Interest is falling in the Eurozone and the United States
Interest rates are following the direction of the beginning of the session and are falling significantly in the eurozone and the United States, at a time when macroeconomic data indicates that the Federal Reserve is not restricting monetary policy any further.
The German 10-year bond yield – the “benchmark” for the European market – fell 4.9 basis points to 0.944%, thus remaining below the 1% psychological line it reached on May 5th.
In contrast, the yield on Italian ten-year bonds fell 2.6 basis points to 2.862%, while the yield on French bonds with a maturity fell 5.2 basis points to 1.458%.
In the Iberian Peninsula, interest on Portuguese ten-year debt fell by 5.3 basis points, however, it remained above the 2% line it reached on April 29, more specifically at 2.040%. The yield on Spanish bonds with the same maturity fell 3.8 basis points to 2.010%.
On the other side of the Atlantic, interest on US 10-year debt fell 3.1 basis points to 2.716%, after the release of the private consumer spending index.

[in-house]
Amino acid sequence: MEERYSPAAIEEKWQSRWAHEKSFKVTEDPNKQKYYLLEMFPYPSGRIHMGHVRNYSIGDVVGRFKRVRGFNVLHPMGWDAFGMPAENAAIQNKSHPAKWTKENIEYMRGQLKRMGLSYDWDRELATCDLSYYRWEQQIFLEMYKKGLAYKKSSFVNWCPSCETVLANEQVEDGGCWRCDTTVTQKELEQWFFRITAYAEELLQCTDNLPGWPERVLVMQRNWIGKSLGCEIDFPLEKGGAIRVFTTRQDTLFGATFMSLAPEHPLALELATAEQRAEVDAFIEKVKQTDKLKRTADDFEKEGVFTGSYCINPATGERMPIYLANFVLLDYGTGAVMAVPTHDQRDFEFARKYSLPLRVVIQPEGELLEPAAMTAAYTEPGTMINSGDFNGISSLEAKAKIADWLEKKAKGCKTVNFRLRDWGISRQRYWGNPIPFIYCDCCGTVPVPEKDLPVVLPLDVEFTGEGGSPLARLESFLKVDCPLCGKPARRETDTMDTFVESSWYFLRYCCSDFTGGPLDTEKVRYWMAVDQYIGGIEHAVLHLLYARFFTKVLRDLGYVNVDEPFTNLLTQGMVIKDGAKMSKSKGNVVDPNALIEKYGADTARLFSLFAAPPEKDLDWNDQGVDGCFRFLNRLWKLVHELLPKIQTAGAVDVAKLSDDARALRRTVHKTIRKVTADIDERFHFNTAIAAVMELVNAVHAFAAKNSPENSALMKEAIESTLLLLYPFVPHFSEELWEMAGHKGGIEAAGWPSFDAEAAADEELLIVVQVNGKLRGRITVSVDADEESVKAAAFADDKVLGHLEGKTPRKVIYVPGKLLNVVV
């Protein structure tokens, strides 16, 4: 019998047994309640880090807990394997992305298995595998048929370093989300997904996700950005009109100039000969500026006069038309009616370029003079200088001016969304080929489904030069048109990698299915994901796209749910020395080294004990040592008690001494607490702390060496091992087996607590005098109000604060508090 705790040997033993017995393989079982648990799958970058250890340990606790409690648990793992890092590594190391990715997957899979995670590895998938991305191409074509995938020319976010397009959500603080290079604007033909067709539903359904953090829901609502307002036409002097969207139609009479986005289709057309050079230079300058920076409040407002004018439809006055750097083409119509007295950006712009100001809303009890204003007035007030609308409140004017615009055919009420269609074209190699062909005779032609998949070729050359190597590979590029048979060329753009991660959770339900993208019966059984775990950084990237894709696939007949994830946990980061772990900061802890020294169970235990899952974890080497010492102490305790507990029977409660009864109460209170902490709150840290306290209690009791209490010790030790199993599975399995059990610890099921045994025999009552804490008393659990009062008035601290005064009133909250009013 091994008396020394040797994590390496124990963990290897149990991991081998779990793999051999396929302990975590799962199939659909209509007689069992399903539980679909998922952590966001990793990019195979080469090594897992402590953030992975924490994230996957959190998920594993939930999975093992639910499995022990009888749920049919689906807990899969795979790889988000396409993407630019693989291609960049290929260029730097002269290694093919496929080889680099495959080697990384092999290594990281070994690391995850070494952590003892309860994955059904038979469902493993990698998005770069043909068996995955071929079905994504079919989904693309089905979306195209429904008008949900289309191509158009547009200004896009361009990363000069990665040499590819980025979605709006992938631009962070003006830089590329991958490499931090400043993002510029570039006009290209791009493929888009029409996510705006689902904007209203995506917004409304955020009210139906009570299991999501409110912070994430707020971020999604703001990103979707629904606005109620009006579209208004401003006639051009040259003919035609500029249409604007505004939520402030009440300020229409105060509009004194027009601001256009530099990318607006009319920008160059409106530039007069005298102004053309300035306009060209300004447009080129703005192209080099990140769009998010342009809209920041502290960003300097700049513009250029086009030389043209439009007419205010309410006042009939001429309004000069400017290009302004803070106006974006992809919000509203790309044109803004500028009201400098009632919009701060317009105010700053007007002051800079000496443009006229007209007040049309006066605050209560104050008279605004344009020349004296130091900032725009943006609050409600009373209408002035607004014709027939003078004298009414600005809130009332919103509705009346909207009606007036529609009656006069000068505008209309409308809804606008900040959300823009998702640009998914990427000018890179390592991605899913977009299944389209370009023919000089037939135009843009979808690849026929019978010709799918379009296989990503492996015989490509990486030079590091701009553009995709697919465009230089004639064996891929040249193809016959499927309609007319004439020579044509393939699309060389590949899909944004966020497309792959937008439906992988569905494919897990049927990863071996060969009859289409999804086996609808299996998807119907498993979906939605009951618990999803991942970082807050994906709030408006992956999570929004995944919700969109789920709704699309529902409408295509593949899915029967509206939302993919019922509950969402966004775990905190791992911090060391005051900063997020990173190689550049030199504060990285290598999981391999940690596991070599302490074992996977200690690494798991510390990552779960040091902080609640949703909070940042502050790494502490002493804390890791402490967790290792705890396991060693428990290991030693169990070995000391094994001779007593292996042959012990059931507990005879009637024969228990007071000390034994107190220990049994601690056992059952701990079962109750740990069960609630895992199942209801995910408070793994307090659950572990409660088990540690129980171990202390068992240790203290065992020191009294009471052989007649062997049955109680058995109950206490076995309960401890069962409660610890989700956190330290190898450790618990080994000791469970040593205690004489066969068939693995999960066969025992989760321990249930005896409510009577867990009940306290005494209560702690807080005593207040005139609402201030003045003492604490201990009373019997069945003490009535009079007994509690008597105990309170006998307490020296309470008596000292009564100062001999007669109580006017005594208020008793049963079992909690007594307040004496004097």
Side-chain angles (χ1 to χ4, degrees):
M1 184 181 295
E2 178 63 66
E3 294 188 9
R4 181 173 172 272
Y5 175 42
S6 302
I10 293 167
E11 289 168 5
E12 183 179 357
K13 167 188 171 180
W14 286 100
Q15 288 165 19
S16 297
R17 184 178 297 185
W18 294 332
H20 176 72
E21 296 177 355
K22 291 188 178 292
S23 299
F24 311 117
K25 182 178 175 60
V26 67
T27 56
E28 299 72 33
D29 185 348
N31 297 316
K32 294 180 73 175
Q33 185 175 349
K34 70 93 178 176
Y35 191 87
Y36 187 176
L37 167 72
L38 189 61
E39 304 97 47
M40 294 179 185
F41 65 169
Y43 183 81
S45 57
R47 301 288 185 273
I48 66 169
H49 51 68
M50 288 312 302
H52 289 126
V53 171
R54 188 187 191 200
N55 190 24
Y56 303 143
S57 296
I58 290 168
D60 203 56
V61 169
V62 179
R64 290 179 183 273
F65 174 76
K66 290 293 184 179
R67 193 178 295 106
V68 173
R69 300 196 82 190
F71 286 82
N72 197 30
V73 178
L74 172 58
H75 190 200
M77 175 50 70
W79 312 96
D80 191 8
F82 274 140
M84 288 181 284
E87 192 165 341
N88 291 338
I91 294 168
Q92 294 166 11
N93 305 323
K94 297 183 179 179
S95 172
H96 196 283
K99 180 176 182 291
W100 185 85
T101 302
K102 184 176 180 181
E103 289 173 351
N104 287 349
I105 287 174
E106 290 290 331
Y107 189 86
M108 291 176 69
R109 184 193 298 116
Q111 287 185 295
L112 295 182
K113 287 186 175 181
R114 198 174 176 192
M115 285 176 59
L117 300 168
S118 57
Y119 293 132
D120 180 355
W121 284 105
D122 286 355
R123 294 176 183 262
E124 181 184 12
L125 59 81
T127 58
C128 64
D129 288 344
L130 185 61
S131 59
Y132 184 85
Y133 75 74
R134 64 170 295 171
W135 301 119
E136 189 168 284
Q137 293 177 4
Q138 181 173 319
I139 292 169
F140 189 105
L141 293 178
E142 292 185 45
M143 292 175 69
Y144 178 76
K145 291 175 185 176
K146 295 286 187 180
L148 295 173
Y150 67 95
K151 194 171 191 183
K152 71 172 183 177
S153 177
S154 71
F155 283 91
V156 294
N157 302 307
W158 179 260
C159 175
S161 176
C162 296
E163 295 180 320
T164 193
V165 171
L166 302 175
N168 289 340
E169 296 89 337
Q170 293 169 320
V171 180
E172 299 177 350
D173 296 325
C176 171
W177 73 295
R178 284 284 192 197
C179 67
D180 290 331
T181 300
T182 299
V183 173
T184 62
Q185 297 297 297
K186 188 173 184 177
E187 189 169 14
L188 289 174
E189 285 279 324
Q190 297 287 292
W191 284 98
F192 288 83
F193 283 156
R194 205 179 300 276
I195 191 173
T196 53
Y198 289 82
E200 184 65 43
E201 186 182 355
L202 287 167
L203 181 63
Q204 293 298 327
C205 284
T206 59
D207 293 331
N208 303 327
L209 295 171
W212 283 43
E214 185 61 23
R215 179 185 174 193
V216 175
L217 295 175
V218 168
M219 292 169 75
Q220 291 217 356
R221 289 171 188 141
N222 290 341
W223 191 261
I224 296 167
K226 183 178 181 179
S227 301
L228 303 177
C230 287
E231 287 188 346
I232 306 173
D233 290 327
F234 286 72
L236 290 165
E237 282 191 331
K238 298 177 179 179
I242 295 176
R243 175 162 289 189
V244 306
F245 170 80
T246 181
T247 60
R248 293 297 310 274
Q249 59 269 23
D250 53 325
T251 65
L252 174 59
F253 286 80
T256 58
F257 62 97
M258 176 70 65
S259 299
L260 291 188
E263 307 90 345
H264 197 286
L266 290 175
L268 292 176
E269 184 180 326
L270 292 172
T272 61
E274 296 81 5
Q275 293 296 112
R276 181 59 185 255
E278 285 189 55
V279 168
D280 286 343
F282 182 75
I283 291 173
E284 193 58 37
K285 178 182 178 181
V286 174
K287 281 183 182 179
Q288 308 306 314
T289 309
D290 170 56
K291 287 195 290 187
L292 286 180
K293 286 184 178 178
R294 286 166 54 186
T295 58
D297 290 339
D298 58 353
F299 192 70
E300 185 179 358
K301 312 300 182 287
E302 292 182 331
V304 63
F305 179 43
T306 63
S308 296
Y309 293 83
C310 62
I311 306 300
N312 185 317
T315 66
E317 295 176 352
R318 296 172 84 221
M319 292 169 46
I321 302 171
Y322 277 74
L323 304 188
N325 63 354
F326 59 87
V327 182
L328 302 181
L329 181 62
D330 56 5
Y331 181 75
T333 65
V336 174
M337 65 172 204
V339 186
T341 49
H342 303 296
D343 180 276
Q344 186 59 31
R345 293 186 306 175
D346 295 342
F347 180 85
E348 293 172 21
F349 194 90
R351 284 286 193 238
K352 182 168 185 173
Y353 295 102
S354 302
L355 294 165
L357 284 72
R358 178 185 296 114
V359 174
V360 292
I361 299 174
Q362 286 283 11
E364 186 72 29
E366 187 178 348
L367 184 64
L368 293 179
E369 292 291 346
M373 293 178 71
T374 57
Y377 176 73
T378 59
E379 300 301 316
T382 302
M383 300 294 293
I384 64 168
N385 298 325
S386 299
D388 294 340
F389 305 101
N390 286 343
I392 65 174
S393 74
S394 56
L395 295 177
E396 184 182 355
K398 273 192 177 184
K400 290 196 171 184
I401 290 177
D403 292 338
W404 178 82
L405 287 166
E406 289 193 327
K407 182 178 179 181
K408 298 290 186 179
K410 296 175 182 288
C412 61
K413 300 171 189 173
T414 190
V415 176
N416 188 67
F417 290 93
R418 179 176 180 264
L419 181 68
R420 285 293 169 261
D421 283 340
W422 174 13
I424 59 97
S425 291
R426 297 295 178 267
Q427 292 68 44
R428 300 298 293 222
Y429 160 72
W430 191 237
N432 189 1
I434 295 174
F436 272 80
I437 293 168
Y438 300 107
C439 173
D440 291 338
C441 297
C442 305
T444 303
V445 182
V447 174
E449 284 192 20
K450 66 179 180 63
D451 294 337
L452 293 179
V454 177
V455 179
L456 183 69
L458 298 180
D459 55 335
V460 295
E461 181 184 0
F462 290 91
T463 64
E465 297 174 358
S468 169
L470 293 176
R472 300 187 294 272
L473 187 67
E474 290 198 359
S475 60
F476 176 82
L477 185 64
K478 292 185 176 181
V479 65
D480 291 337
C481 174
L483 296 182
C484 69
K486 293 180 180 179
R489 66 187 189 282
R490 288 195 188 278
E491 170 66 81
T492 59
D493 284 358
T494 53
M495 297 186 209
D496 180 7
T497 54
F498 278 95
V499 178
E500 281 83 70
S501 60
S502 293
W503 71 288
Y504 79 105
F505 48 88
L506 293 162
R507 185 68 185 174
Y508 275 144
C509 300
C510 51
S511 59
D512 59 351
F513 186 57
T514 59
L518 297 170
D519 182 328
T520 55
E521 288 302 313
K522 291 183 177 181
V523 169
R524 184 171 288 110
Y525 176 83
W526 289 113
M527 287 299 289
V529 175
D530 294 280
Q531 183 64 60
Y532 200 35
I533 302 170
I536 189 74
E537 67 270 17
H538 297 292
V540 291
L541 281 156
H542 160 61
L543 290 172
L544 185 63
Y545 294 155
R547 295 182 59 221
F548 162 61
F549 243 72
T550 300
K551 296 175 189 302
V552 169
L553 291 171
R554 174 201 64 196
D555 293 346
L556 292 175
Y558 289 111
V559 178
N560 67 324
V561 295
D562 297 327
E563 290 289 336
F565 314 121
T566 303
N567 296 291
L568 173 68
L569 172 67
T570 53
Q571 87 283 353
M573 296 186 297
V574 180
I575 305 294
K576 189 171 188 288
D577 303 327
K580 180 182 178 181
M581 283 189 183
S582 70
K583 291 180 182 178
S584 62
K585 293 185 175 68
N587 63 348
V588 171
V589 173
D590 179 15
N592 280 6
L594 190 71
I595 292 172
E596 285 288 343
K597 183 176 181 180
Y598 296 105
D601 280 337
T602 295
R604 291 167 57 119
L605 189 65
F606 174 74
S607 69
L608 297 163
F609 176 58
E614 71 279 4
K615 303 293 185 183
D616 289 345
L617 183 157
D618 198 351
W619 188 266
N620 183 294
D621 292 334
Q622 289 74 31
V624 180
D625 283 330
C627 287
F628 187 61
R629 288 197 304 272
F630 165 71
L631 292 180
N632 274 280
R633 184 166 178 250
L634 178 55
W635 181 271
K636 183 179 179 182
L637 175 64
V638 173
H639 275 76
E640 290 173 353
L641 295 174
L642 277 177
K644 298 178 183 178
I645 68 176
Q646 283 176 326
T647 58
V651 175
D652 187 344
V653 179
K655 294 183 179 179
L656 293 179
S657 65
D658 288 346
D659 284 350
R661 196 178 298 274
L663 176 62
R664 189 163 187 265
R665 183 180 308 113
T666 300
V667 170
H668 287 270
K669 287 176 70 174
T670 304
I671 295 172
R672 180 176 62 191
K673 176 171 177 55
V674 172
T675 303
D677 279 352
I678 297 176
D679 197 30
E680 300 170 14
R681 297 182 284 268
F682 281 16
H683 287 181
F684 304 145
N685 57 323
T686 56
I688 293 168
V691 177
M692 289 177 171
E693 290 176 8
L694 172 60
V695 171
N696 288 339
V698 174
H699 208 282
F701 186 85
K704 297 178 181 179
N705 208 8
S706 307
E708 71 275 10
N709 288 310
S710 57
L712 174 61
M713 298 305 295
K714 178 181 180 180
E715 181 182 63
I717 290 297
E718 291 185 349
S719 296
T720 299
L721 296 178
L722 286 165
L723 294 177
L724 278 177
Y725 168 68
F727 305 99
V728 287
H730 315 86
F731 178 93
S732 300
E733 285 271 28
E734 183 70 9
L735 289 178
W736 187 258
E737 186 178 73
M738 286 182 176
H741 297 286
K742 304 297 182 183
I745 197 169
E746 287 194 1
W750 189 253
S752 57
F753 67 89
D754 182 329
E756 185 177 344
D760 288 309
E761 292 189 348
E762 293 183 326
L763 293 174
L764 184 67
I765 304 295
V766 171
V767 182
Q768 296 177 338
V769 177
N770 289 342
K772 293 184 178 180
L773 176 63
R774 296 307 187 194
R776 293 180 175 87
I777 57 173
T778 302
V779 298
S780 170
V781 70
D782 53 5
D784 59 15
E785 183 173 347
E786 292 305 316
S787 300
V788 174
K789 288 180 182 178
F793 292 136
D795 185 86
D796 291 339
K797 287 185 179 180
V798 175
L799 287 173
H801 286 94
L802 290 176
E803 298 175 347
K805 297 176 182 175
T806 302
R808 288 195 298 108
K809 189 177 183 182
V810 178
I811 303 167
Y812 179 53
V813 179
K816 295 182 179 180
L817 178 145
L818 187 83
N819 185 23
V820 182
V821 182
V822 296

The Federal Reserve’s preferred index (Fed), as it is known in the United States, rose 6.3% on an annual basis in April, a slowdown from 6.6% recorded in March, according to data released Friday. Trading.
Also this month, consumption rose 0.9% while the savings rate fell to 4.4%, the lowest level in 14 years, indicating that many Americans are using savings to mitigate rising costs.
Thus, this data gives a signal to the market that the Federal Reserve may not need to tighten its restrictive monetary policy further and that the economy is resilient, given the fear of a possible recession.
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